ONGOING
PROJECTS
Impacts
of Solid Objects on Fluid Surface  Physics of Skipping Stones Shinichiro
Nagahiro, May 2005

At a lakeside, we sometimes
see
timewasters throwing a stone on water and counting the number of
bounces the stone was able to make. Our intuition gives us some rules
for successful bounces: a stone must be flat and thin in shape, and one
should throw it with small incident angle with water's surface [1].
Could
we explain these empirical rules with the help of classical mechanics
and hydrodynamics? The
answer is, of course, "yes" but it is very difficult. A stone splashes
water and largely deforms its surface. To solve the NavierStokes
equation with such boundary condition is almost impossible. Hence, the
studies on "soldfluid impacts" have been relied on experiments for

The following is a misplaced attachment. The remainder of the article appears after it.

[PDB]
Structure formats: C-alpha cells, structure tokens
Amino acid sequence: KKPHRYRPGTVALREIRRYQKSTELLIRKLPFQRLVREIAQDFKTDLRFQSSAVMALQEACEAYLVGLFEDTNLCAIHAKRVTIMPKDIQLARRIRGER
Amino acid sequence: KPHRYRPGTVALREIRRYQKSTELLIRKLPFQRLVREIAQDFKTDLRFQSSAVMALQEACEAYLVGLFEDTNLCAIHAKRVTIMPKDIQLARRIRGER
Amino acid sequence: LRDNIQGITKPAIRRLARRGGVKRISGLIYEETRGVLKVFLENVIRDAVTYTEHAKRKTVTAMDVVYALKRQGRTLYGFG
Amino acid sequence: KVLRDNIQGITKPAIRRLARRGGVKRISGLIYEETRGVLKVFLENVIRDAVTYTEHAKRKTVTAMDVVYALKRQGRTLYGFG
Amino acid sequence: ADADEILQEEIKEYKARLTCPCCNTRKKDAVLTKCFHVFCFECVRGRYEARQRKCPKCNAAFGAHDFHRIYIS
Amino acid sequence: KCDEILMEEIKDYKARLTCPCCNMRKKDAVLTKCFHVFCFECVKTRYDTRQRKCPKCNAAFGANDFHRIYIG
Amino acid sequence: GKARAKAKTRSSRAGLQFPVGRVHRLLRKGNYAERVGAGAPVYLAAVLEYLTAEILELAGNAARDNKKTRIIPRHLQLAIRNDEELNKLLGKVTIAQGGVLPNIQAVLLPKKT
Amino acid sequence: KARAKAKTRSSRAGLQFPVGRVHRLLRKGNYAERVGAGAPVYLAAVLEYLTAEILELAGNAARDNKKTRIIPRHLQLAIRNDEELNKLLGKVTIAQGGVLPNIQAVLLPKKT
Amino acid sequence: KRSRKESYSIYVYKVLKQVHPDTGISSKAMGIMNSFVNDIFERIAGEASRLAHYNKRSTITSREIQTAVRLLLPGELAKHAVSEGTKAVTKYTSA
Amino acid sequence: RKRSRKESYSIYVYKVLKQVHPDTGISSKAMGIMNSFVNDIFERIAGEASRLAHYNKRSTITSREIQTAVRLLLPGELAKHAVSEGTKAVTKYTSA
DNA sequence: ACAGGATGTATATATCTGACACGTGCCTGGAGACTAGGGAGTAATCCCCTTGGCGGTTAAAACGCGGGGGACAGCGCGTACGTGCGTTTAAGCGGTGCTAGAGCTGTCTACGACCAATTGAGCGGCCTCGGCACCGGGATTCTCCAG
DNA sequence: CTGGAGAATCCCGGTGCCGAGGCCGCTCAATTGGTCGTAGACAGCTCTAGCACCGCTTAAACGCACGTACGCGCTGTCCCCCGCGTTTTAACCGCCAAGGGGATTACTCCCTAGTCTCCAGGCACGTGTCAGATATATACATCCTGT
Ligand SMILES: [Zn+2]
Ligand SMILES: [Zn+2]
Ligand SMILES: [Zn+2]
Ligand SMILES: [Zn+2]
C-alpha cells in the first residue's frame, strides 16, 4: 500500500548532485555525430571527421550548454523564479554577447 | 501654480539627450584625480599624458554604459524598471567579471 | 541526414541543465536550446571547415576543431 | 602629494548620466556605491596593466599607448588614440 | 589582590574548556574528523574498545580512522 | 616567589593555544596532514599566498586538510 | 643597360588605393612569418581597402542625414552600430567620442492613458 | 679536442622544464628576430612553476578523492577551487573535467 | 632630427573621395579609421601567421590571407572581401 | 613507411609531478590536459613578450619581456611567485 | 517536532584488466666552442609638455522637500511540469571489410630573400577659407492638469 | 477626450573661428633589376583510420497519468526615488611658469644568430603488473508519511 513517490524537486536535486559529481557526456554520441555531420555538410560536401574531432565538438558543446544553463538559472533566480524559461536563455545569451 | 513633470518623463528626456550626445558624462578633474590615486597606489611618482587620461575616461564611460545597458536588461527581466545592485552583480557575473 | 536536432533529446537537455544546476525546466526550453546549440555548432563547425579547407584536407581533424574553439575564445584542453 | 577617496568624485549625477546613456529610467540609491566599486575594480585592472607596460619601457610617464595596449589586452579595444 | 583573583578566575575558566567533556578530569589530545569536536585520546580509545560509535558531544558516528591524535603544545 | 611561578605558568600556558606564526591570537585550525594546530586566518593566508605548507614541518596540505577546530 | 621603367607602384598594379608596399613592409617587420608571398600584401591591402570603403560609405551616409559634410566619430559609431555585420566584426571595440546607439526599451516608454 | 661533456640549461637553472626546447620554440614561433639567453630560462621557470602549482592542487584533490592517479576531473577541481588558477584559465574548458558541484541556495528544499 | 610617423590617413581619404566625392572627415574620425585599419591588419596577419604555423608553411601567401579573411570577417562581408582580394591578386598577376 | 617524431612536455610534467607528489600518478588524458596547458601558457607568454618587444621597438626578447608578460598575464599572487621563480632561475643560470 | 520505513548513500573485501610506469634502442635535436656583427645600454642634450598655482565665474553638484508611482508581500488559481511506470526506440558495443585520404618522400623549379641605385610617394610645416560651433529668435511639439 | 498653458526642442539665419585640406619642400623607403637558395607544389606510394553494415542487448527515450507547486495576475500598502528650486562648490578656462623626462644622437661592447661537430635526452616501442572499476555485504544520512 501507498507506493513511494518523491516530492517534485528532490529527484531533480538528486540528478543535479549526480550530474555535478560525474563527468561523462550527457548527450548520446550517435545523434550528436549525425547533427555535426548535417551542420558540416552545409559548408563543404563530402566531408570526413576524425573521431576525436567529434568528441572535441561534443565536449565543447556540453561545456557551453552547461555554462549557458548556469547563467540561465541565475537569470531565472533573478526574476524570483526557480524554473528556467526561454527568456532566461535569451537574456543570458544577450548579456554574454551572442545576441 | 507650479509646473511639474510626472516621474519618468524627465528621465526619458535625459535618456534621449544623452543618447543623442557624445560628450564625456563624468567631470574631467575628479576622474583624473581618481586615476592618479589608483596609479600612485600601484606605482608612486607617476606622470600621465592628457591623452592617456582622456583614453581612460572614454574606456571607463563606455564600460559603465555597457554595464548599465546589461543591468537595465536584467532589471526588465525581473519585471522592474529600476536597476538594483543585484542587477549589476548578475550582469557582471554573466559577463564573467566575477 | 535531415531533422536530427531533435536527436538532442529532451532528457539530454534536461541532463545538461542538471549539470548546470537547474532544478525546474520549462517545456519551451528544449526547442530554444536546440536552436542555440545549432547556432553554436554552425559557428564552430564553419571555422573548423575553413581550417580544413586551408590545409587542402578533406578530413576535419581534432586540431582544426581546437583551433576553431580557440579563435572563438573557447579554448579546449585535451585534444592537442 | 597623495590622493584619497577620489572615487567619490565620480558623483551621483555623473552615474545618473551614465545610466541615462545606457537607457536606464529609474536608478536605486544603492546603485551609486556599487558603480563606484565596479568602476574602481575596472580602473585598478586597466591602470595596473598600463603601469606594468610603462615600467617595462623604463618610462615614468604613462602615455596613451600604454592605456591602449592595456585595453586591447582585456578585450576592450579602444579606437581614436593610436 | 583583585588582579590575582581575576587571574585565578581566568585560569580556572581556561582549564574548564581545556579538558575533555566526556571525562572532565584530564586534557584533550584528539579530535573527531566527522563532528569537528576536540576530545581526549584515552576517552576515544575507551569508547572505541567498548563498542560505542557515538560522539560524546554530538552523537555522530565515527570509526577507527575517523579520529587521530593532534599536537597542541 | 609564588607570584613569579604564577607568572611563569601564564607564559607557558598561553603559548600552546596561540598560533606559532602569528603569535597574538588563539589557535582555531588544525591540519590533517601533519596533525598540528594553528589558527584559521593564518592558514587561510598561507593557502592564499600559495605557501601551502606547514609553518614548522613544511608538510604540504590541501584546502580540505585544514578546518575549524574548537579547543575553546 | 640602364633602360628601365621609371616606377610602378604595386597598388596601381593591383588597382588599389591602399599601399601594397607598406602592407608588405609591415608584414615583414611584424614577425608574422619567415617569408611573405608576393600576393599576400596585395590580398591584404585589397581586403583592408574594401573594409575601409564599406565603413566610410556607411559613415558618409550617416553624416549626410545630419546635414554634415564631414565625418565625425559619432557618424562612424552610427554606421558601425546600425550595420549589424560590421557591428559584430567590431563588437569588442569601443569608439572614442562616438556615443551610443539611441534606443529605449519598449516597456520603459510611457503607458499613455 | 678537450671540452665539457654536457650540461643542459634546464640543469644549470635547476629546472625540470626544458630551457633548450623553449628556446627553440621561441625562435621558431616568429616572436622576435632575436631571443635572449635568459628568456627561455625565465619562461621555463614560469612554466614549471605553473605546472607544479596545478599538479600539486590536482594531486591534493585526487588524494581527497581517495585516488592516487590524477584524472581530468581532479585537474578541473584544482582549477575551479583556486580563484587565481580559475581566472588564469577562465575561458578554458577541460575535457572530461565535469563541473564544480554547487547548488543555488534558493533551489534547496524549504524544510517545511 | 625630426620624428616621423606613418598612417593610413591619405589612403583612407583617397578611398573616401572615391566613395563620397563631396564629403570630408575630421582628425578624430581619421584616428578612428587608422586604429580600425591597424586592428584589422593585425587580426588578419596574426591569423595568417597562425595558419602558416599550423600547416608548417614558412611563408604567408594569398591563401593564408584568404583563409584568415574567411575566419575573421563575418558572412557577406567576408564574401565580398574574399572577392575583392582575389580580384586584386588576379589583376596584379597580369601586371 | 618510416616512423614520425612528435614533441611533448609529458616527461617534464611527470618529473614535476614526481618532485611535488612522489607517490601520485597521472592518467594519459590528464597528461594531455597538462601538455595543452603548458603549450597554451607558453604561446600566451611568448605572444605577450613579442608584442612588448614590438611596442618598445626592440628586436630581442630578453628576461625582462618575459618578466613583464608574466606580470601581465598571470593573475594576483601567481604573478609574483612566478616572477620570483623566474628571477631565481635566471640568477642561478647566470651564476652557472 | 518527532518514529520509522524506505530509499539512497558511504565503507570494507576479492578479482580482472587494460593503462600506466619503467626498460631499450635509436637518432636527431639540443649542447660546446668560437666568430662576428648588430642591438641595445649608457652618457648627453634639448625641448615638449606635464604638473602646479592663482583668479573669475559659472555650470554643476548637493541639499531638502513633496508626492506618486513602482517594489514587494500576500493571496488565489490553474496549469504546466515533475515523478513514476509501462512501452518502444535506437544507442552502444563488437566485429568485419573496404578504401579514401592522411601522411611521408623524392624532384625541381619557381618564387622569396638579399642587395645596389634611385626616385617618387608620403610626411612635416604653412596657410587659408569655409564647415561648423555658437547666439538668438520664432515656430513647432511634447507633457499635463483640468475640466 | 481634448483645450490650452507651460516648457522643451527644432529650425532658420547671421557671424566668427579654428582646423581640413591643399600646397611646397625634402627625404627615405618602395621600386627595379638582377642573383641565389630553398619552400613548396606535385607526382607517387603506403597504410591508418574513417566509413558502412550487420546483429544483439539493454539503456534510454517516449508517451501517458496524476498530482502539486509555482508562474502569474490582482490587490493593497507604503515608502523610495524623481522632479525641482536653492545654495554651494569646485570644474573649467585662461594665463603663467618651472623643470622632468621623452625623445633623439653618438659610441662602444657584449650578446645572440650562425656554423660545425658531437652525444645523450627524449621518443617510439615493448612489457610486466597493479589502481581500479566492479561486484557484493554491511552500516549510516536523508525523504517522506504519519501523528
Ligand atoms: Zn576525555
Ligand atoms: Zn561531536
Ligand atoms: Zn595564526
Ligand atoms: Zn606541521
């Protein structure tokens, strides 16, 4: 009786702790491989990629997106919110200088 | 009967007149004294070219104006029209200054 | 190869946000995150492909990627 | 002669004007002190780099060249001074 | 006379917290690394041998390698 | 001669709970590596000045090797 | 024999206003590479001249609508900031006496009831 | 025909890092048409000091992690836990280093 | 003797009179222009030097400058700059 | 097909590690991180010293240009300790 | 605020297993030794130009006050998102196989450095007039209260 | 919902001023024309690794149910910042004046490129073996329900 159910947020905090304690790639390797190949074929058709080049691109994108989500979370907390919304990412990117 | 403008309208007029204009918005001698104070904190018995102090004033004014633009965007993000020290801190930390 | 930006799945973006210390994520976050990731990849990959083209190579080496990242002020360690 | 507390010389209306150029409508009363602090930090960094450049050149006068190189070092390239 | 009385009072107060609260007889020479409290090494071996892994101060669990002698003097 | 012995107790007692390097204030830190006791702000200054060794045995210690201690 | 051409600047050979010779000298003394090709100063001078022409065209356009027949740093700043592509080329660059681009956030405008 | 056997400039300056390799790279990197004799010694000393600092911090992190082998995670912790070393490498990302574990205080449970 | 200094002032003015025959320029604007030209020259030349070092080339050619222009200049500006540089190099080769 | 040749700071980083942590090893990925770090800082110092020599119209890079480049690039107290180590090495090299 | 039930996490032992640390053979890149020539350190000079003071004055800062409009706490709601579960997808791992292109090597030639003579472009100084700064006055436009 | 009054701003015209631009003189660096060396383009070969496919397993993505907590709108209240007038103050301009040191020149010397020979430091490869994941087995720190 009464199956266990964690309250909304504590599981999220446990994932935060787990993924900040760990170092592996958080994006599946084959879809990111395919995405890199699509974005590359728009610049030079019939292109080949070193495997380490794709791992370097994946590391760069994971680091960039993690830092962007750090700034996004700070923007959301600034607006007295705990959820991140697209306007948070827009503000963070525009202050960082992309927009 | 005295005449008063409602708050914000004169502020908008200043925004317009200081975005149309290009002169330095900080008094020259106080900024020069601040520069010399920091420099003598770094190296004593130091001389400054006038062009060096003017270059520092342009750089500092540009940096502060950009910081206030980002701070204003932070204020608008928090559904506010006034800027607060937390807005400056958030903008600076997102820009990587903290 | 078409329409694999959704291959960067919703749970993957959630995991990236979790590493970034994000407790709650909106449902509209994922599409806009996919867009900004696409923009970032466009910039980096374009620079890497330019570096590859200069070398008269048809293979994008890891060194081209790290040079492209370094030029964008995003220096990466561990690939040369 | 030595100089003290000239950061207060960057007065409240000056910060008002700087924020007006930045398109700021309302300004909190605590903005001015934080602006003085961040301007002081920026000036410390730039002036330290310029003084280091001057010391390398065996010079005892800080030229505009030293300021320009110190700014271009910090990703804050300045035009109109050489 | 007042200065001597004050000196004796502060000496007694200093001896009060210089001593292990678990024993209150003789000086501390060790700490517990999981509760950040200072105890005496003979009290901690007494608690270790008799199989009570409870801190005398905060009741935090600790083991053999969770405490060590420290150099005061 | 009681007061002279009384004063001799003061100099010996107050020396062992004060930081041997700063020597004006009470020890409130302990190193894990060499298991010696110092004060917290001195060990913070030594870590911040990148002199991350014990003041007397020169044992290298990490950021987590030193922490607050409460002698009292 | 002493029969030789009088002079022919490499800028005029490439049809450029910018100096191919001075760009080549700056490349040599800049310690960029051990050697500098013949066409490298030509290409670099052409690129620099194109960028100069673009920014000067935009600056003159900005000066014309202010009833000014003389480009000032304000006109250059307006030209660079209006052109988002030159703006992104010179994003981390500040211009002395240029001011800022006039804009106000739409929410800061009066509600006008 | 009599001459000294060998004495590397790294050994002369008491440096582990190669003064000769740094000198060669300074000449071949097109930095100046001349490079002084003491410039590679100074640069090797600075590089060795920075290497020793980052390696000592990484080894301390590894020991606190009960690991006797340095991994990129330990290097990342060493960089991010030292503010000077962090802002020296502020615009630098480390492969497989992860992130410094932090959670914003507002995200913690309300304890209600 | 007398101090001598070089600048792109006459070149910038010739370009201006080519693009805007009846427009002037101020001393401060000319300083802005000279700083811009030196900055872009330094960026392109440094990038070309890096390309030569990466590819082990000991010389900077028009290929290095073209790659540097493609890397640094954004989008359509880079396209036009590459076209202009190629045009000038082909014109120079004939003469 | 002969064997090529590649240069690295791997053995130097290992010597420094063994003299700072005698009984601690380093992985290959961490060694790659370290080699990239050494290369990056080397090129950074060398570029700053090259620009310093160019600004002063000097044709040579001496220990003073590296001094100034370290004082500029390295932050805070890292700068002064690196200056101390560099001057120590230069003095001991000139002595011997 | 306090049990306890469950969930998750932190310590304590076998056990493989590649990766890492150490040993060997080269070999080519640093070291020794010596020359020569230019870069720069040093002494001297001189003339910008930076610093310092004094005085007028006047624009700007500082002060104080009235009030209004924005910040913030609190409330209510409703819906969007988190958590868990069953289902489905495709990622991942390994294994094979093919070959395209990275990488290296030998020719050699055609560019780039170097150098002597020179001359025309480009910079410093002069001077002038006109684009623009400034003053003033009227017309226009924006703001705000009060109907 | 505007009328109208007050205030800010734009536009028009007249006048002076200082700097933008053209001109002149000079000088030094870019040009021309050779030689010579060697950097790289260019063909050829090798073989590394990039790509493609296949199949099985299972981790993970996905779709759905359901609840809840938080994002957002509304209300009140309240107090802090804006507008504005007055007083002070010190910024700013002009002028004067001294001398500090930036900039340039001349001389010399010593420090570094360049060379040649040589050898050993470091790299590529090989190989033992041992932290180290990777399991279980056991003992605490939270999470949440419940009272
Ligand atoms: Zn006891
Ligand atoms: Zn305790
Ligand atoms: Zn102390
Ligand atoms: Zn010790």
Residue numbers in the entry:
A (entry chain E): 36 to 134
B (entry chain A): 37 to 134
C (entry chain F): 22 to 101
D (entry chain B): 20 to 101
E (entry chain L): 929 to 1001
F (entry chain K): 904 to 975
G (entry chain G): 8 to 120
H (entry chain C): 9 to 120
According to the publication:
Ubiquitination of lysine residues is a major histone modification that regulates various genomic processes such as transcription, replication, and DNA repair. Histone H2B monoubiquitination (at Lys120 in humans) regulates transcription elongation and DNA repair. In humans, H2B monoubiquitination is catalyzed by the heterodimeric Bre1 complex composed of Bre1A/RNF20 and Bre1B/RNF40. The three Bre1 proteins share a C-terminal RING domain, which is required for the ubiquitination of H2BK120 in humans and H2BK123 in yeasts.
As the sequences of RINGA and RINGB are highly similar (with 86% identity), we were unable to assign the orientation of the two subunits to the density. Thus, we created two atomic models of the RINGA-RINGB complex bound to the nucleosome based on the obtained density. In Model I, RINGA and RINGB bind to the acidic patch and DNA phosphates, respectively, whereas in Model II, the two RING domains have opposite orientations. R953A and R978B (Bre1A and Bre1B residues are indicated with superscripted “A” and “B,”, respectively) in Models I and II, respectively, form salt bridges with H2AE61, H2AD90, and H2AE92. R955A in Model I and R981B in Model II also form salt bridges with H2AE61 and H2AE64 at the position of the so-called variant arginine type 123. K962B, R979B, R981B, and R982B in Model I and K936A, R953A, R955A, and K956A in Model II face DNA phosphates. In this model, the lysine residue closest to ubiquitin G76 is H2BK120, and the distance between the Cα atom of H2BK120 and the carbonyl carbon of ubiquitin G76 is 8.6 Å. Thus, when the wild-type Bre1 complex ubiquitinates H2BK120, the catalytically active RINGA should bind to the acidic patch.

long years. Recently, C. Clanet, H. Hersen and L. Bocquet performed an experiment of stone skipping using an aluminium disk as a model stone, and revealed a secret for a successful bounce: throwers should tilt the stone about 20 degrees to water's surface [2]. The "magic angle" 20 [deg.] minimizes the required speed necessary for a bounce (see figure 1). To better understand their experiments, we numerically and theoretically studied diskwater impact. For numerical simulation, we used the technique of Smoothed Particle Hydrodynamics (SPH). SPH describes flow with a set of fluid particles which moves in accordance with the NavierStokes equation. Because the method does not require a grid for computation, and thus has an advantage to treat free surface motion (see a mpeg video of our SPH simulation). Neglecting the effect of viscosity, surface tension and deformation of water's surface, we considered a model of ordinary differential equation (ODE) for a further analysis [3]. Both approaches successfully agreed with the experiment and our numerical simulation showed that the exact value of the "magic angle" varies slightly with the precise geometry of the impact. But, in most cases of stoneskipping, it remains around 20 [deg.]. Even though our ODE model was seemingly too simple to reproduce the experiment, the model could give a qualitative explanation for the diskwater impact. Hence we expect that impact of stone on water could be understood as a very simple dynamic process. [1] F. Jerdone Coleman "The Secrets of Stone Skipping", Stone Age Sports Publications (1996) [2] C. Clanet, H. Hersen and L. Bocquet, Nature (London) 427, 29 (2004) [3] S. Nagahiro and Y. Hayakawa, Phys. Rev. Lett. 94, 174501 (2005)